Why We Can’t Edit Our Faith

When Shadrach, Meshach and Abednego refused to serve King Nebuchadnezzar’s gods or bow down to his golden statue (Dan. 3), the king threw a fit. He was probably ticked off because, in the chapter before, Nebuchadnezzar had acknowledged their God. It would only seem fair to him that they acknowledge his.

It was not the men’s faith in God that got them in trouble. It was their refusal to also acknowledge the divine authority of Nebuchadnezzar that caused the problem.

Nothing has changed today: In our Babylon, faith in Jesus is not the problem. The problem is our insistence that Jesus is the only way of salvation and source of authority.

The Spirit of Nebuchadnezzar Today

You will never get in trouble for saying that Jesus is your personal Savior. But you will when you say that there is no other name under heaven given among men by which we must be saved. You will when you insist that Jesus alone sets the rules about what is right and not right in matters of sex, marriage, morality or money.

Our society says, for example, “You are free to get married in the traditional way if you want, but how dare you label someone else’s choices ‘sin’? How dare you not bow down to my sexual preferences, affirming that my way is just as valid as Jesus’ way?”

It’s the same old spirit of Nebuchadnezzar at work in our day.

We all know of small businesses that have been sued for refusing to participate in ceremonies and practices they found objectionable. In very few of my readings about these instances did the person do it rudely. They just said, “While I respect your right as a free citizen to do this, I’d ask you to respect my right to not be involved in it personally since it goes against my convictions.” But because they wouldn’t bow, they were sued and shut down.

You can have your Christian convictions but keep them in the closet. Because the moment you fail to bow down in homage where you are supposed to, the fiery furnace awaits.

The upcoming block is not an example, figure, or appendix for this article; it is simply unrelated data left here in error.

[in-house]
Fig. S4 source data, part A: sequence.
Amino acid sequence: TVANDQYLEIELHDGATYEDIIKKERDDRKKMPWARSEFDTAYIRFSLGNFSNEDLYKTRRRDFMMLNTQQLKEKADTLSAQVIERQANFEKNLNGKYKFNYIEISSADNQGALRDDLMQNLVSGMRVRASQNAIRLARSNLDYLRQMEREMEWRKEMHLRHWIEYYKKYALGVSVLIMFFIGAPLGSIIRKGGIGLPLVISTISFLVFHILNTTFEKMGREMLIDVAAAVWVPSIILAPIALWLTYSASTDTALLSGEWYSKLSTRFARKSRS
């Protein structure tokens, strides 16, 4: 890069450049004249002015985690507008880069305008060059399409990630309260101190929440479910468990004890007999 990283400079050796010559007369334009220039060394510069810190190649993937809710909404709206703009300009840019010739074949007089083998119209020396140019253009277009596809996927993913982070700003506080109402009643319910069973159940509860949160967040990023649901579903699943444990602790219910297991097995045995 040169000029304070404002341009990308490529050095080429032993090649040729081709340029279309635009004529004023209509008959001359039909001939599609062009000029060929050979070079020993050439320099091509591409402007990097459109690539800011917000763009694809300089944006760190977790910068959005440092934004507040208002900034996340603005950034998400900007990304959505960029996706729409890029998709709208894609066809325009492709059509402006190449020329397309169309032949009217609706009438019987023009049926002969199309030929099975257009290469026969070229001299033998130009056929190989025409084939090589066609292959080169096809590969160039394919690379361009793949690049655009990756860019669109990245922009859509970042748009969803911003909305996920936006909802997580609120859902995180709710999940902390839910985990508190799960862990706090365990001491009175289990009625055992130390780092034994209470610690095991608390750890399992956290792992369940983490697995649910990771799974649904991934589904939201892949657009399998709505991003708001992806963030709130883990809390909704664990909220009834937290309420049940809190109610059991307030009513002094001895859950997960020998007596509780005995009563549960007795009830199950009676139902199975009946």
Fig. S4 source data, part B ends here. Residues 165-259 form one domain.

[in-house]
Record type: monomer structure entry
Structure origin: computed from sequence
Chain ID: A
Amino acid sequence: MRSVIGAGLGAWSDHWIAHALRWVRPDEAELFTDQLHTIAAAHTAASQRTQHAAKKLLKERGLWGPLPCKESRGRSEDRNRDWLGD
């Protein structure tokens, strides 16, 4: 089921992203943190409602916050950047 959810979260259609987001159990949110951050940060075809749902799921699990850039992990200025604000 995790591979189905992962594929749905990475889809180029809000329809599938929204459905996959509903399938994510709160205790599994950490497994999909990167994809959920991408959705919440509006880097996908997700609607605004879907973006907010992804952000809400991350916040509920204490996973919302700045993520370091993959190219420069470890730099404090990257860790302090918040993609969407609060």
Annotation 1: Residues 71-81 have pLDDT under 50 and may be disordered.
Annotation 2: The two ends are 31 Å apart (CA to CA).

Or, so you won’t think I’m just picking on the political left, let me come at it from another angle. Some people in our society say, “What makes you think you can criticize America or imply that America will be judged for its sins? America is special, chosen by God. And if a strong man (with a history of abusive and misogynistic behavior) is good for America, who are you to question his integrity? If he’s good for America, God is on his side.”

What they’re really saying is, “You’re fine to bow to Jesus; just make sure you bow to my guy, too.”

An Edited Faith

Society today is just like it was in Nebuchadnezzar’s day. It’s fine with the practice of any Christian teaching, as long as it is an edited faith.

The Smithsonian Museum in Washington, D.C., has on display Thomas Jefferson’s Bible, in which large sections are cut out. Enlightenment thinkers thought the morality of Jesus was awesome, but the academic world had turned against any kind of belief in miracles; it was considered unfashionable and uneducated. So, Jefferson literally cut out every supernatural passage in the New Testament so he could have a Bible with just Jesus’ moral teachings.

If someone did this today, they would probably cut out Jesus’ teachings on the sanctity of sex and marriage. They’d keep the miracles and cut out large parts of the Sermon on the Mount.

Our culture says it is fine to worship Jesus—just edit him to fit your preferences so you can still bow where you need to bow. But for the follower of Jesus, that’s not an option. If Jesus is not Lord of all, then he is not Lord at all.

Coming to Jesus is not like signing a rental car contract, where you can leave off certain options, like navigation or prepaid fuel. People think we can accept the parts of him we want and postpone the others till later. One college student explained to me that she had accepted Jesus as Savior and planned to accept him as Lord later. But you can’t bifurcate Jesus. He’s either Lord or he is not. You’re either fully surrendered to him, or you are living in rebellion. 

What Happens When We Refuse to Bow

If God is the only God, the only One who can save, the only revealer of mysteries, then for us to not make that clear to Babylon is not just cowardly; it is cruel.

Because Daniel and his friends stood when everyone else bowed—even though they got thrown into a fiery furnace for it—an entire Empire got to see the reality of the God of Israel on display. Scholars say that ultimately you can trace the faith of the Wise Men who came to see Jesus at his birth back to this encounter.

What will future generations say about the courage and testimony of this generation? Their eternal future literally depends on our courage today.

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This article originally appeared on JDGreear.com and is reposted here by permission.

J.D. Greear
J.D. Greearhttp://JDGreear.com

J.D. Greear is the pastor of The Summit Church in Raleigh-Durham, North Carolina, and is currently serving as the 62nd president of the Southern Baptist Convention. He is the author of several books, including most recently Essential Christianity: The Heart of the Gospel in Ten Words (The Good Book Company).